The Dragon and the Atom: How China Sees Iran and the Nuclear Negotiations
Editor’s Note: The following is part four of a new occasional series called Dragon Eye, which seeks insight and analysis from Chinese writings on world affairs. Part one of the series, “What Does China Really Think About the Ukraine Crisis?” can be found here. Part two of the series, “The World’s Most Dangerous Rivalry: China and Japan,” can be found here. Part three of the series, “How China Sees America’s Moves in Asia: Worse than Containment,” can be found here.
Whether or not the current negotiations regarding Iran’s nuclear status lead to an agreement will have enormous consequences for world politics. These consequences will extend well beyond the region itself to impact alignments among the great powers.
The point is often made that Russia’s influence on the process of negotiations is particularly crucial. In that respect, there is no doubt that the grave international crisis in Ukraine in 2014 has significantly complicated the negotiations. If the Iran negotiations end in failure, the turmoil in Kiev and eastern Ukraine may be largely to blame. However, preliminary indications suggest that Moscow has decided not to obstruct, but rather to facilitate, the nuclear negotiations.
What of Beijing’s stance on the critical nuclear talks? Unlike Russia, China is a major importer of Iranian oil and, moreover, the Middle Kingdom’s influence in the Middle East has been growing by leaps and bounds as its trade with the region has mushroomed over the last decade. This edition of Dragon Eye will seek for a deeper understanding of China’s position on the Iran situation by surveying several recent Mandarin-language writings on the issue.
It’s worth noting at the outset the somewhat extraordinary visit of a Chinese naval flotilla to the Iranian port of Bandar Abbas in September 2014. This event, barely noticed in the Western media, provided the front-page story for 环球时报 [Global Times] on September 23 under the large banner headline: “西方炒作我舰队进波斯湾” [The West Spins Story Concerning Entrance of Our Fleet into the Persian Gulf]. The article, in the main, does report on Western appraisals, quoting one story that has an Iranian commenting that the Chinese ships’ visit is meant to secure China’s major commercial interests in Iran, but does not signify that China had come to defend Iran. Indeed, this visit, the first ever by a Chinese naval squadron to Iran, may most clearly signify just how cautious Beijing has been in dealing with the Iran nuclear crisis over the last decade. In that spirit, this article relates that a Russian warship had visited the same port last year. However, this article also strikes a nationalist chord, quoting an analysis from the Hong Kong paper Ming Pao: the Chinese port visit has “broken America’s blockade … [America] comes to our near seas to stir up problems, so then we will go to the Persian Gulf which [the US] considers important and undertake joint exercises with Iran.”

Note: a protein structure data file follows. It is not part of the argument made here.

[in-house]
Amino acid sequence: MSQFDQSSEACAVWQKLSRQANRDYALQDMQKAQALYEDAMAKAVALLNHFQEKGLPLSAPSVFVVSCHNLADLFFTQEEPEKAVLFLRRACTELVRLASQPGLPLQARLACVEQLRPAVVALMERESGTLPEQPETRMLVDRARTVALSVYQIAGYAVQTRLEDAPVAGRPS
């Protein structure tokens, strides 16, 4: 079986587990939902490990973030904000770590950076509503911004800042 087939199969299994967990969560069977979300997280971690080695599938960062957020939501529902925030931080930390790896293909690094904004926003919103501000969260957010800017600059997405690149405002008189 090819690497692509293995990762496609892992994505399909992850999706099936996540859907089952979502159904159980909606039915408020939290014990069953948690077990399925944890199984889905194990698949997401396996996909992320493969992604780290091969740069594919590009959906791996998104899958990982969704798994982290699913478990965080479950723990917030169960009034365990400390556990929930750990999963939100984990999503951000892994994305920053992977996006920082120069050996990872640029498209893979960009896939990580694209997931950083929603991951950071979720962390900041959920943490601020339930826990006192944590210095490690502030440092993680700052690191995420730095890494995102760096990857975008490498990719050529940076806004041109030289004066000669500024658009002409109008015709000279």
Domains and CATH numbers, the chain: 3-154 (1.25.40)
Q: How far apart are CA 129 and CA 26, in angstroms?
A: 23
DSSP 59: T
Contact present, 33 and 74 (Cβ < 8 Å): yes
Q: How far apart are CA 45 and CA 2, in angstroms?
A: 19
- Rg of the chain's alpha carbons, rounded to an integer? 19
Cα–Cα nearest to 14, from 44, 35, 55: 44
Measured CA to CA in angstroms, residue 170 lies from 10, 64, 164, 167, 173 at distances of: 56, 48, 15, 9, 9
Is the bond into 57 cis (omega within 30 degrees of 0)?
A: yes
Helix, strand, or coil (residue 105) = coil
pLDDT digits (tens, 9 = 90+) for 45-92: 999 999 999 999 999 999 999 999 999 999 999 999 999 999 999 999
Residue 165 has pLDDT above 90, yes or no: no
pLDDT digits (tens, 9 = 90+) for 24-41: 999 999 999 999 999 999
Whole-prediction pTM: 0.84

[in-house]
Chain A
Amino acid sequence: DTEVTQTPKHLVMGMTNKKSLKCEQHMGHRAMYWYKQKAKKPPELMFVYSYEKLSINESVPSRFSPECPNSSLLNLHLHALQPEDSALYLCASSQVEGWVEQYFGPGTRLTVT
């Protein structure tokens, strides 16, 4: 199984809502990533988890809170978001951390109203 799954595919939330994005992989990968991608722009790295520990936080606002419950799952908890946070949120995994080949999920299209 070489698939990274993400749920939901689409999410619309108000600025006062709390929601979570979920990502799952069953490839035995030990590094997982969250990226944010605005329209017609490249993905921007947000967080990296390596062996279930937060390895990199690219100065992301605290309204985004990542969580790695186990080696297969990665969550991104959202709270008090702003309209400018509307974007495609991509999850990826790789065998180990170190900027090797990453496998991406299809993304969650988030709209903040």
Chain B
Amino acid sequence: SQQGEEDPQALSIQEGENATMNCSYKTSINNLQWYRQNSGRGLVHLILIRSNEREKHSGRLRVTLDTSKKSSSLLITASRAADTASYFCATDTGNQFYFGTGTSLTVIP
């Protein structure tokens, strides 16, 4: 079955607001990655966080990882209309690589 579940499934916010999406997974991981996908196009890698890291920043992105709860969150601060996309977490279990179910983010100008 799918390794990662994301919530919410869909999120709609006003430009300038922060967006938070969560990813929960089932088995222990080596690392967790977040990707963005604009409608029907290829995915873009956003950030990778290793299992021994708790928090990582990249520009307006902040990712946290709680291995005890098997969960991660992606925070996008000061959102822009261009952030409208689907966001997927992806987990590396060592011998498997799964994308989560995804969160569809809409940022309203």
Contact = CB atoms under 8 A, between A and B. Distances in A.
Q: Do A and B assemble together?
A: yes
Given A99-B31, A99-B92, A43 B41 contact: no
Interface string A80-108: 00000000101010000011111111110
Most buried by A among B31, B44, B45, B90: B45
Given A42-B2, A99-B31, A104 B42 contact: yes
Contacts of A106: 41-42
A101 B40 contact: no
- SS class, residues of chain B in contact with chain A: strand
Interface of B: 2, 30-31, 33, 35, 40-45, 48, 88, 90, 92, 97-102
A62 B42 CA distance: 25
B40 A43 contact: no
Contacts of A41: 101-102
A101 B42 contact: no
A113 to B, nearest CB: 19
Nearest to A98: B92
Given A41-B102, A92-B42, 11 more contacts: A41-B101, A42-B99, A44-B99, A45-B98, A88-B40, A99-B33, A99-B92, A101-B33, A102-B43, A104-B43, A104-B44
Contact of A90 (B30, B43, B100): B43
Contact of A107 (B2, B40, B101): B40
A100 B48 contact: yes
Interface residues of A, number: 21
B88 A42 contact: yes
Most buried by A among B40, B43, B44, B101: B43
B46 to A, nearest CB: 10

An interesting scholarly article appeared in the journal 国际政治 [International Politics] in mid-2014 that was “An Evaluation of the Effectiveness of U.S. Sanctions against Iran.” The author observes that because of Washington’s enormous economic power, many countries “被迫” [were forced] to abandon cooperation with Iran. The author somewhat ambiguously places China among many Asian states, including Japan, South Korea and India, that have “大幅减少” [severely curtailed] oil imports from Iran. At that point, the author departs somewhat from political correctness in China, where it is often held that sanctions are wholly detrimental, and the assessment is offered that the sanctions produced “一定冲击” [a certain shock] within Iranian domestic politics, causing the Iranian people to elect the moderate Rouhani. The author goes on to explicitly concede that the sanctions effort succeeded in bringing Iran back to the negotiating table. And yet the article also points out that Tehran has continued to move ahead aggressively with nuclear and missile programs. This analysis, like many other Chinese discussions of the Iran crisis in recent years, holds that the United States does not really have any other realistic means to employ against Iran other than sanctions and, moreover, that Tehran is prepared in case the talks fail. In the end, the author concludes somewhat pessimistically that the sanctions and related negotiations are unlikely to curb Iran’s “地区野心” [wild regional ambitions] and that it is difficult to use economic tools to try to resolve security issues.